Will the merger between T-Mobile and Sprint make consumers better or worse off? A central question in the review of this merger—as it is in all merger reviews—is the likely effects that the transaction will have on consumers.
Amazon has largely avoided the crosshairs of antitrust enforcers to date (leaving aside the embarrassing dangerous threats of arbitrary enforcement by some US presidential candidates). The reasons seem obvious: in the US it handles a mere 5% of all retail sales (with lower shares in the EU), and it consistently provides access to a wide array of affordable goods.
Last month, the European Commission slapped another fine upon Google for infringing European competition rules (€1.49 billion this time). This brings Google’s contribution to the EU budget to a dizzying total of €8.25 billion (to put this into perspective, the total EU budget for 2019 is €165.8 billion).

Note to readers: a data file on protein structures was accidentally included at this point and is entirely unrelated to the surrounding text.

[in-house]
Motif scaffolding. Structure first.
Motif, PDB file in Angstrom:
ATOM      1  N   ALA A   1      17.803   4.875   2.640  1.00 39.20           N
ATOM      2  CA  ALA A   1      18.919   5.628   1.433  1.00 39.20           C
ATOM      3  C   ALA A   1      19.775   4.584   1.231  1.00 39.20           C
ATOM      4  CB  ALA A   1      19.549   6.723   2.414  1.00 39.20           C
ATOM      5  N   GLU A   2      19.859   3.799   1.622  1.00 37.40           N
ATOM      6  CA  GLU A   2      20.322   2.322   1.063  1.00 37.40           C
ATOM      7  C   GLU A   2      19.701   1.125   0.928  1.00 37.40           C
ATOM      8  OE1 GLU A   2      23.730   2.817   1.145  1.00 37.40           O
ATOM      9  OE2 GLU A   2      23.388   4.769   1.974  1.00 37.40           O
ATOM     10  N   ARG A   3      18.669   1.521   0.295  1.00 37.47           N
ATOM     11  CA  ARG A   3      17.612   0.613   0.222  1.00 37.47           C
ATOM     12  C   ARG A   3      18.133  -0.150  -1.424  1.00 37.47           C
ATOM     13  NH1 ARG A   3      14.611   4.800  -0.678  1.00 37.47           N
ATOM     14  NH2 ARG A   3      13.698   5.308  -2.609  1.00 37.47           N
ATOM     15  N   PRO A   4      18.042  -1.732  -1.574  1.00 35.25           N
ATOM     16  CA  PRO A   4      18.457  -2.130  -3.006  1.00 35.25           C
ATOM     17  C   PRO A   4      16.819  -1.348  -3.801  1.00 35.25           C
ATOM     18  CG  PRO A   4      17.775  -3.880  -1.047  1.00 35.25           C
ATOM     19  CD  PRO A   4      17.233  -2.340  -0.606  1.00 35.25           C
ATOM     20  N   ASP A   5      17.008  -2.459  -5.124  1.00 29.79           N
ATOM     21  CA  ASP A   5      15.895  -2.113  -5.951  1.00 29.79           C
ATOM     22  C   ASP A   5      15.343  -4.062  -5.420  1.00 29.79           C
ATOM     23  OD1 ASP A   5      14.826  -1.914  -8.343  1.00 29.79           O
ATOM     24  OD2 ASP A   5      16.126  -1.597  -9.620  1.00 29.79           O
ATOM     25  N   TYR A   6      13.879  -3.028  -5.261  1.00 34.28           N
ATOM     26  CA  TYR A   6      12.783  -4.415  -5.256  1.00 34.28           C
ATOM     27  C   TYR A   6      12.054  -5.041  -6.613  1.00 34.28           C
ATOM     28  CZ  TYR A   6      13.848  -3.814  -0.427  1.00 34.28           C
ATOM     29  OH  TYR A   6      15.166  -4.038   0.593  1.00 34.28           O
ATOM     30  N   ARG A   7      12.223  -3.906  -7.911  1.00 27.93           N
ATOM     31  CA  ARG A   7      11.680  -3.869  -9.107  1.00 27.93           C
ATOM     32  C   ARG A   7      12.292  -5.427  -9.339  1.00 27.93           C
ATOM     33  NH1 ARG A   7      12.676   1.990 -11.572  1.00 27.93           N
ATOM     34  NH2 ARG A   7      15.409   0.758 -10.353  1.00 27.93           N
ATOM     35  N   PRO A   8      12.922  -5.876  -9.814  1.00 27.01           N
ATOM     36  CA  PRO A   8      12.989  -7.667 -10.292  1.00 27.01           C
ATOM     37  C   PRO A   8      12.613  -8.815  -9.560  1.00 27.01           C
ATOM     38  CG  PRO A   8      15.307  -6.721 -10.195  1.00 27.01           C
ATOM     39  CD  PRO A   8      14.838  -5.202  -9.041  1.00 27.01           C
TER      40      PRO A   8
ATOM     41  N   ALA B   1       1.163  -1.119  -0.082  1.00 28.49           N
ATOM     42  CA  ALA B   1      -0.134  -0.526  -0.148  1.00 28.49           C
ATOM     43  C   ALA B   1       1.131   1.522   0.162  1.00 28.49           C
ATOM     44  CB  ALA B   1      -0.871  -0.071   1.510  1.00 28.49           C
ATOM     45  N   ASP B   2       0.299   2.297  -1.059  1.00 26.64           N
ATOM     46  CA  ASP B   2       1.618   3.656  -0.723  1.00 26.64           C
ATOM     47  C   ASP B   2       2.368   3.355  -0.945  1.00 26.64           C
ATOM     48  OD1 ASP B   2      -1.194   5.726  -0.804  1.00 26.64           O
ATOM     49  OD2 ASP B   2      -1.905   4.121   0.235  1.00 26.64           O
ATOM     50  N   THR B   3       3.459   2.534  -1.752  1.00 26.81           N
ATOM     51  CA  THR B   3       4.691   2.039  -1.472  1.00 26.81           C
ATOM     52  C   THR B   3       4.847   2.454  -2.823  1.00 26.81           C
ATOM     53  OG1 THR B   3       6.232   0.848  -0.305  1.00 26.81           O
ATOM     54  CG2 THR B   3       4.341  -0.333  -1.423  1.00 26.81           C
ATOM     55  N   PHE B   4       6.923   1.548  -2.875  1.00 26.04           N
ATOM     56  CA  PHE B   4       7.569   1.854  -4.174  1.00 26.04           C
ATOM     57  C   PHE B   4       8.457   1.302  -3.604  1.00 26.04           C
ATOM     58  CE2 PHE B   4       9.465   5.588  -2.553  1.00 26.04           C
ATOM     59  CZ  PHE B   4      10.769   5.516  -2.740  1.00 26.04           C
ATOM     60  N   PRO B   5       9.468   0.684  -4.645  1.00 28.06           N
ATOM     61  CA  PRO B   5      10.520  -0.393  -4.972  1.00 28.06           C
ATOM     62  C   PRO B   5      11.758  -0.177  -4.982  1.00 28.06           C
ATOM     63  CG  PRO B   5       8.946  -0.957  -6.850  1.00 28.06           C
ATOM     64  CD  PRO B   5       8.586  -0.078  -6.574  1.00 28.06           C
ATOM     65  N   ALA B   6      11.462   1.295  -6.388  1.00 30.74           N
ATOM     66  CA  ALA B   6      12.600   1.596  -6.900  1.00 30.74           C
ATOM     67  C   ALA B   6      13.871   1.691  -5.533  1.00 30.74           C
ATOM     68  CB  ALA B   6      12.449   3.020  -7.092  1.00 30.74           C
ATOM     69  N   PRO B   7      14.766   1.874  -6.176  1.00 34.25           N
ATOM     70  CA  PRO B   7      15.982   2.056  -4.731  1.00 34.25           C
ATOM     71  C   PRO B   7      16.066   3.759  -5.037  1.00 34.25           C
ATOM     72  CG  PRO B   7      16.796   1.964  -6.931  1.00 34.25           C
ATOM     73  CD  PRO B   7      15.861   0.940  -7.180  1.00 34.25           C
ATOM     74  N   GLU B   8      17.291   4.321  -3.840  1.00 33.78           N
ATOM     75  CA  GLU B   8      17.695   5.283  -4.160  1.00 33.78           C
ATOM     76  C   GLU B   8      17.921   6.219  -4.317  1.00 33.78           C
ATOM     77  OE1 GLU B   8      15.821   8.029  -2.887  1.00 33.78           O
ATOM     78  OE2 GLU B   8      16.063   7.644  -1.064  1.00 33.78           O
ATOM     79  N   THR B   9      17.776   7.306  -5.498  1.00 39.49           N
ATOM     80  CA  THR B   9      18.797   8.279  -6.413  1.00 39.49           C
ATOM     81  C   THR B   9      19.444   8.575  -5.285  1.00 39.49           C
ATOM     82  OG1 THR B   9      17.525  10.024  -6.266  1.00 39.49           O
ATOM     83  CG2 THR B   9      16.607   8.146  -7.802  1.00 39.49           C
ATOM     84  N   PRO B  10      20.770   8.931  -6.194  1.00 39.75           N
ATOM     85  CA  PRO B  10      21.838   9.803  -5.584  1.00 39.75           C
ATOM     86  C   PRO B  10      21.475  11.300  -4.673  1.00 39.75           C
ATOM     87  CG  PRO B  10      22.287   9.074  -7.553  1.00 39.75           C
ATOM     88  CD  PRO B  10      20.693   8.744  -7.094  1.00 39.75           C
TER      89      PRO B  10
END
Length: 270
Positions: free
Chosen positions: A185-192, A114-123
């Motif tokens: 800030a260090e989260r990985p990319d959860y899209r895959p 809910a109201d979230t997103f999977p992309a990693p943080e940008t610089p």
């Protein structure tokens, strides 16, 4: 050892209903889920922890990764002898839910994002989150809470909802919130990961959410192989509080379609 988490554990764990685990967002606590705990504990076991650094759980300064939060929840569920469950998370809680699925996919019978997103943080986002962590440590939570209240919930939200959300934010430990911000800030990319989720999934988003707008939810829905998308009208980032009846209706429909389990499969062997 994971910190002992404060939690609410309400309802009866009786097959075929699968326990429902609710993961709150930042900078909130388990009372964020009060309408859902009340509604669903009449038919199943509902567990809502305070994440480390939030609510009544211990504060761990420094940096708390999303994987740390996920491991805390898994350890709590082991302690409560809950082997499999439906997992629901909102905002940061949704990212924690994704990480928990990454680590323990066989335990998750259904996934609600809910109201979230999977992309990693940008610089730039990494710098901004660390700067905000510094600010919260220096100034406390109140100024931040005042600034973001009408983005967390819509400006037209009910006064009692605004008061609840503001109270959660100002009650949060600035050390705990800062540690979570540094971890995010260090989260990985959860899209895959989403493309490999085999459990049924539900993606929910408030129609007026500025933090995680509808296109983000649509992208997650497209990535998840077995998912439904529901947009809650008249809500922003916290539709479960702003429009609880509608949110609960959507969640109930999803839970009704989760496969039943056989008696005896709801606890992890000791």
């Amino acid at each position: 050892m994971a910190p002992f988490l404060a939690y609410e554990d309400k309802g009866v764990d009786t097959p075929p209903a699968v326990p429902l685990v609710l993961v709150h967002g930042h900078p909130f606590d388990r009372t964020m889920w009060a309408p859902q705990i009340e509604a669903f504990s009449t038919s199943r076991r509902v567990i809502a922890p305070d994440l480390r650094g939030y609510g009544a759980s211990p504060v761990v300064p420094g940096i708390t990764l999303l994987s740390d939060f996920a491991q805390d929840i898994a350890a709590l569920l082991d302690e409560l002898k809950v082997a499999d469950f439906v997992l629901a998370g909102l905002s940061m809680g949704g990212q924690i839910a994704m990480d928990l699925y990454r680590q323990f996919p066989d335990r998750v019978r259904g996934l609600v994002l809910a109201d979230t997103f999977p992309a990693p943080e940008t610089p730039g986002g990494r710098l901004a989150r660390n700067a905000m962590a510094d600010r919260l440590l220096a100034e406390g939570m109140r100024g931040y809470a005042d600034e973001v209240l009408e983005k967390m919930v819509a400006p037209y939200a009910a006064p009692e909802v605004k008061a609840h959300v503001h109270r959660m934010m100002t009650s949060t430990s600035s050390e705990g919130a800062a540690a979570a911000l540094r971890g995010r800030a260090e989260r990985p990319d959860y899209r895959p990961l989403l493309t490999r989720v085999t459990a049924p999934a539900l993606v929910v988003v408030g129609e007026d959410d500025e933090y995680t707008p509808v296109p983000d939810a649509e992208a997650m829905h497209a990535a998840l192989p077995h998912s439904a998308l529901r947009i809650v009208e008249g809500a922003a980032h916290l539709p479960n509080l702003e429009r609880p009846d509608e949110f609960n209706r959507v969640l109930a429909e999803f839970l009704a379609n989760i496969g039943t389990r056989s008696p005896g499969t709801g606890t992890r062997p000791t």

In this article, Geoffrey Manne evaluates the Supreme Court’s approach, discusses the economic and legal underpinnings of how it approached market definition and effects analysis, and demonstrates why the primary criticisms of the Court’s Ohio v American Express decision are misguided.
Near the end of her new proposal to break up Facebook, Google, Amazon, and Apple, Senator Warren asks, “So what would the Internet look like after all these reforms?” To Warren, our most dynamic and innovative companies constitute a problem that needs solving.
We write to address a crucial question relevant to your upcoming, March 12 hearing on “The State of Competition in the Wireless Market: Examining the Impact of the Proposed Merger of T-Mobile and Sprint on Consumers, Workers, and the Internet.”
The analysis in the Australian Competition and Consumer Commission’s Preliminary Report for the Digital Platforms Inquiry is inadequate in several ways. There is a real danger that if the policy recommendations outlined in the preliminary report were to be adopted, Australian consumers would be severely harmed.